The Department of State, Bureau of Diplomatic Security (DS), is seeking highly qualified and motivated men and women with extensive experience in protective security operations to serve as Foreign Service Security Protective Specialists at certain U.S. Embassies, Consulates and regional offices abroad. This workforce will be deployed to Iraq, Afghanistan and Israel, and possibly other Foreign Service posts, to supplement DS Special agents in the supervision of contractor personnel. The specific number to be hired will depend on the needs of the Foreign Service.

As members of a diplomatic team, Security Protective Specialists (SPS) not only help to accomplish the mission of the Department of State but also represent the United States to the people of other nations.

DS will create SPS positions initially at the following locations: Embassy Baghdad; Iraq Regional Embassy Offices Erbil, Al Hillah, Tallil and Basra; Embassy Kabul and Consulate General Jerusalem.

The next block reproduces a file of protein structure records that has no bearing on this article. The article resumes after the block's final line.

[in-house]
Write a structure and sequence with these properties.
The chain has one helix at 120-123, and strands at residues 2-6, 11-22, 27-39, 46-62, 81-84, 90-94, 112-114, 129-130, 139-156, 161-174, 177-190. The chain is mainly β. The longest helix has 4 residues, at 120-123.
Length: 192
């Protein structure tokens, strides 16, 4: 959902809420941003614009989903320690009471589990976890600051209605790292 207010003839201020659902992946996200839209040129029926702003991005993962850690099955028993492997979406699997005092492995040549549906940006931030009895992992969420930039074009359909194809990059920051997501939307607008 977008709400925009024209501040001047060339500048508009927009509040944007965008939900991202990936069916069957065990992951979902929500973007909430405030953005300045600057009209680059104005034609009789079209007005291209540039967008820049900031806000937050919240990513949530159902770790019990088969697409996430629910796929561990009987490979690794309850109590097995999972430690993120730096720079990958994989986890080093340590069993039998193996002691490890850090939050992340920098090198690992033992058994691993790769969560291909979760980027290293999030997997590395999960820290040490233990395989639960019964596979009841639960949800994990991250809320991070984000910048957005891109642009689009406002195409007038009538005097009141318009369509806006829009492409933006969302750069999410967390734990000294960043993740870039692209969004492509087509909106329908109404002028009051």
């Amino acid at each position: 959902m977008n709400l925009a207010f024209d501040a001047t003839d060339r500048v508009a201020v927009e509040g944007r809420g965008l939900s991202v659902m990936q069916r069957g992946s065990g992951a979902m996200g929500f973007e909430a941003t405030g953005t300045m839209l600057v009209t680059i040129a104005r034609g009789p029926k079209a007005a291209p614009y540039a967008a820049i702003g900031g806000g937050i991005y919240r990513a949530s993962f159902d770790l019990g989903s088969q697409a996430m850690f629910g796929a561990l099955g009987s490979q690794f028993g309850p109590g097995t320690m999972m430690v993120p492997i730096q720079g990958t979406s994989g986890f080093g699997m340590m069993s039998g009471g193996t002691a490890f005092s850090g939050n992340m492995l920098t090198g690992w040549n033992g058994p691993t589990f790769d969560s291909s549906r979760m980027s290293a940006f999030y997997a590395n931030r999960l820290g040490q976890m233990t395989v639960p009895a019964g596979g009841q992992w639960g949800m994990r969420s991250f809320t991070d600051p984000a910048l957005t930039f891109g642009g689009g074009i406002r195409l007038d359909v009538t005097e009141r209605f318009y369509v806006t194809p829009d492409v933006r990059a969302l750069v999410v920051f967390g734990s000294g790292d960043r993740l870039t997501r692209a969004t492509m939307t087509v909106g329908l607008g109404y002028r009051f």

SPSs will work in tandem with DS Special Agents (SA) to ensure that a DS supervisor is always present and involved with every protective motorcade element. The SPS or SA may act as the Detail Leader and may supervise other DS or contractor personnel.

Appointment as a Security Protective Specialist will be in the Limited Non-Career Appointment category. This category is based upon an annually renewable appointment with a 5-year maximum. Extensions beyond five years are not permitted. At the conclusion of the appointment, SPSs may apply for any Department position for which they are qualified, to include the Special Agent position. Federal retirement benefits accrue during time spent as a DS Security Protective Specialist.